To minimize the cost of car ownership, here are some tips from cradle to grave.
When car-shopping, be sure to check with Consumers Reports. It is the most unbiased source of vehicle information, and affordable. The April edition is devoted to new and used vehicles. Not only does it offer tips on what to buy, but how to buy and what “extras” you can avoid.
I have followed Consumer Reports advice on the last nine vehicles I have bought and have not been disappointed. Not all vehicles are created the same. The small investment of buying the magazine, or searching its website, and spending two or three hours on research can save you thousands of dollars down the road.
Next, establish a routine for getting your vehicle serviced. The owner’s manual has schedules for when services are due in addition to all of the other vehicle information. Keep in mind that oil services are best to do a little more often (more on that later).
Some of the most frequently over-sold items in the service field are air filters. Remember it’s OK for some dirt to be in them; just shake out the large stuff and continue to use them. Most filters will work fine for 15,000-20,000 miles in most conditions, and a dirty air filter in modern vehicles does not affect fuel mileage. Newer vehicles are much more maintenance free then older vehicles.
“Tune-ups” are just not done on newer automobiles. Your vehicle will never need one; only worn or defective parts will need to be replaced. Tune-ups used to involve setting critical components to make the vehicle run correctly. Now, all these are handled by a complex engine-control system which includes many sensors and an electronic control unit (ECU). If any of these components have problems, the check-engine light will illuminate on the dash. These sensors and ECU are very dependable. ECUs seldom need to be replaced. The most common reason is water damage caused from plugged drains. If a water leak is detected inside your vehicle, it’s very important to get it fixed.
As mileage increases, problems and repairs will happen. Brakes need to be replaced, oil leaks may occur and suspension may need service.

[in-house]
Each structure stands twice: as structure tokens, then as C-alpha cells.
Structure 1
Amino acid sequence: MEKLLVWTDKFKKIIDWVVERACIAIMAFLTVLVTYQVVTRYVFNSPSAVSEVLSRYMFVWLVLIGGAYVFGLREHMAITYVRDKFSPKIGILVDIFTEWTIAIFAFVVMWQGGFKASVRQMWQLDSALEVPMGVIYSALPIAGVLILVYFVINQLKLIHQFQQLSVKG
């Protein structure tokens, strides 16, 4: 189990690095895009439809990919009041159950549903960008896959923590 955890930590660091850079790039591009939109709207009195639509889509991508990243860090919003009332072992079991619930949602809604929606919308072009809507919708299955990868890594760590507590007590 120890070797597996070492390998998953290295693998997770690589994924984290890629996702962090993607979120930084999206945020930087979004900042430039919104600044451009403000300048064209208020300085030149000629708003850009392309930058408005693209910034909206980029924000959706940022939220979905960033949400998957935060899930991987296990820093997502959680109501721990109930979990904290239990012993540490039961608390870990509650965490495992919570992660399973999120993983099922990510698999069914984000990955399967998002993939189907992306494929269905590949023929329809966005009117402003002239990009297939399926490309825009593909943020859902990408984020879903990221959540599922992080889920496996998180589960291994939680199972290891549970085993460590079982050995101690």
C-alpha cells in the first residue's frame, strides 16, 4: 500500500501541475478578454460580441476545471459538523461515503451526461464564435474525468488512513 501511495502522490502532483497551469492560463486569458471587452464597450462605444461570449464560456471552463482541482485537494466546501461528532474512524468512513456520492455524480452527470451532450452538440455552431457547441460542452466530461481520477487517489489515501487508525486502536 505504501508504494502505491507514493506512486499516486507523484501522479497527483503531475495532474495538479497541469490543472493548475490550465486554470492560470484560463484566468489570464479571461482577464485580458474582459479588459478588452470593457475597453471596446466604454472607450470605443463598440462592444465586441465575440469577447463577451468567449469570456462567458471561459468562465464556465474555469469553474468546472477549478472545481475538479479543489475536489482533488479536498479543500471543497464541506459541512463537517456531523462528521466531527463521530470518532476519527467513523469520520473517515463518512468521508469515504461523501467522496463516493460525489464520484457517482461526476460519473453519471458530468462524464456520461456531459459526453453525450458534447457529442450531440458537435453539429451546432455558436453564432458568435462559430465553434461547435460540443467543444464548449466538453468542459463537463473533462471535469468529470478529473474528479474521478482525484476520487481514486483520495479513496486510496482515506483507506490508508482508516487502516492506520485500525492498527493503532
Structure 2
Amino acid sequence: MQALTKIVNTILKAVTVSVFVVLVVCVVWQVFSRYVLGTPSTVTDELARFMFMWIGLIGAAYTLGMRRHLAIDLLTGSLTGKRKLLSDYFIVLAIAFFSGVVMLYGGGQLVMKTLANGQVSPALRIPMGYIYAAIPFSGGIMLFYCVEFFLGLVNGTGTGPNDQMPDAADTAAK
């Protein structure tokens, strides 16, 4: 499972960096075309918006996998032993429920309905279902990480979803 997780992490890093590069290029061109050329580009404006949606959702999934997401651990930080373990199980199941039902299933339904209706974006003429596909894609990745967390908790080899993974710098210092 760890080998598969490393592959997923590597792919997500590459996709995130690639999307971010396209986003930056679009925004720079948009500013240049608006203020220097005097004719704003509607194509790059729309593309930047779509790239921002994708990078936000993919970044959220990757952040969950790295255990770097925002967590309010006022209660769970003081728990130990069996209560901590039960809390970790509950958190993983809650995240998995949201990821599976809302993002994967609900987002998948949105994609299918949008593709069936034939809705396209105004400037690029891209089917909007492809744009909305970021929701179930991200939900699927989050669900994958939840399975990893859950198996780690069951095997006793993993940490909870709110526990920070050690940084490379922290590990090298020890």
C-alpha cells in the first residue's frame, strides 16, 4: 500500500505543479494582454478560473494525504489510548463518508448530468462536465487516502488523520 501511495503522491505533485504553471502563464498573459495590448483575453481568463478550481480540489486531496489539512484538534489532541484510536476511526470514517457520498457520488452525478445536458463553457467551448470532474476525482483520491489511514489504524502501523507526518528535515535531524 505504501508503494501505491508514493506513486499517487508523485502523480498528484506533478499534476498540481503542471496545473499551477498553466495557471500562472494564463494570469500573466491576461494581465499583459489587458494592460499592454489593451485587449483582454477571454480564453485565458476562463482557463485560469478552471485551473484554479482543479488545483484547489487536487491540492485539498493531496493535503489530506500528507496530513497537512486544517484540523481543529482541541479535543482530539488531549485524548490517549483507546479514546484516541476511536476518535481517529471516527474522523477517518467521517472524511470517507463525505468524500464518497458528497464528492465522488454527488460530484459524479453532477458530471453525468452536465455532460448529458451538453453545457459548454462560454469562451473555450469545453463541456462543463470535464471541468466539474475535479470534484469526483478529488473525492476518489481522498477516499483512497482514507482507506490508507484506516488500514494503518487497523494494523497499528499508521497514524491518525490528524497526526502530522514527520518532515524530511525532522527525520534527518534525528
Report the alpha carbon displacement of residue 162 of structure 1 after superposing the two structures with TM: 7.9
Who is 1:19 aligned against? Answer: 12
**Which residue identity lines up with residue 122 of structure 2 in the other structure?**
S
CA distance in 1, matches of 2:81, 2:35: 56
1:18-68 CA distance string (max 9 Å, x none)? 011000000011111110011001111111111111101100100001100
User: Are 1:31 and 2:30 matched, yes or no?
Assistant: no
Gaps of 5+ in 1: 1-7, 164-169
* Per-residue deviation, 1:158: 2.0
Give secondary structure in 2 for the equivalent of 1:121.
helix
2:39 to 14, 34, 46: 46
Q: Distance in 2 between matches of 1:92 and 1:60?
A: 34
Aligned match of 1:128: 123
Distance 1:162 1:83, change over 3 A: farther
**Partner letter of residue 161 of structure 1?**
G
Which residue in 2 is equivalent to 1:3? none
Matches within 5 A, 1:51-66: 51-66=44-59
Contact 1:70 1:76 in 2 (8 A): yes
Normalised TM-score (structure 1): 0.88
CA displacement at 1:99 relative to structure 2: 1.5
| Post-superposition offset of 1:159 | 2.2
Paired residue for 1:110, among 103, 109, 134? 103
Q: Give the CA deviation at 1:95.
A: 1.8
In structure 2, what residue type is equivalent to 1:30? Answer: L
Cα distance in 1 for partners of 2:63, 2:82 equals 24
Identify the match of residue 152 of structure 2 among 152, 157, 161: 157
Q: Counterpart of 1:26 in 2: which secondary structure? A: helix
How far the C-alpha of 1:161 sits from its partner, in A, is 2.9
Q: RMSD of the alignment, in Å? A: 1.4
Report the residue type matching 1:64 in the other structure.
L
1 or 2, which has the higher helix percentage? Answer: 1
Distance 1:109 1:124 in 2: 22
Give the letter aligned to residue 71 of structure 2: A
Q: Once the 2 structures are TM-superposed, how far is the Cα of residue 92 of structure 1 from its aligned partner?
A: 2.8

Some vehicles have a system that tells you when you need new brakes, and some repair shops will keep an eye on your brakes during routine services and report back to you so no surprises happen. Brakes wear out slowly most of the time. Brakes with 10-15 percent material remaining should be replaced, even though they continue to stop you safely below that level.
Oil leaks are easy to monitor if you park inside a garage; you will have oil on the floor. So keep an eye where you park.
Other oversold items include shock absorbers or struts. Be sure to get a second opinion on them if told they need to be replaced.
I have always recommended that you find your favorite auto shop and have them take consistent care of your vehicle. If you are a gadget person, there are a few smart phone apps that make maintenance and costs easy to monitor.
With research and good care, your vehicle should have a good life of 10-15 years or 150,000-250,000 miles.
An ounce of prevention...
What kind of maintenance should modern cars have, and why do preventive maintenance at all?
With the cars of the 1950’s and 1960’s, tune-ups were done every 5,000-7,000 miles, coolant was flushed every fall and oil changes every 2,000 miles, with typical engine life about 100,000 miles.
With today’s more precisely built engines, 300,000 miles is not unusual with regular maintenance. But how does one maintain their vehicle for the fewest dollars per mile to drive it?
How often should oil services be done? Some manufacturers are recommending up to 18,000 miles between oil changes, on newer cars using synthetic oil, while other sources say every three months or every 3,000 miles, my suggestion is 5,000-10,000 miles on synthetic oil for newer vehicles (2000 or later) or once a year in most cases.
There are documented cases with Japanese and European car engines slugging up and needing major repair after fewer then 50,000 miles, even though oil services were done in the prescribed factory times.
Similarly, some manufacturers even claim that their new transmissions never need service. But even with lifetime transmission fluid, an instructor who worked for a major European dealership found that transmission life was doubled with prescribed maintenance. Life time anti-freeze or long life anti-freeze has had its problems as well.
Preventive maintenance is the art of maintaining your car when and where you want to, increasing its life and dependability, and decreasing ownership costs.
Oil changes done twice as often as the manufacturer recommends are advised. Servicing of transmission and cooling systems and brake fluid needs to be done at least every 40,000-60,000 miles to maximize the life of these components.
An ounce of prevention is worth a pound of cure. In other words, a dollar of care can save $50 of repair.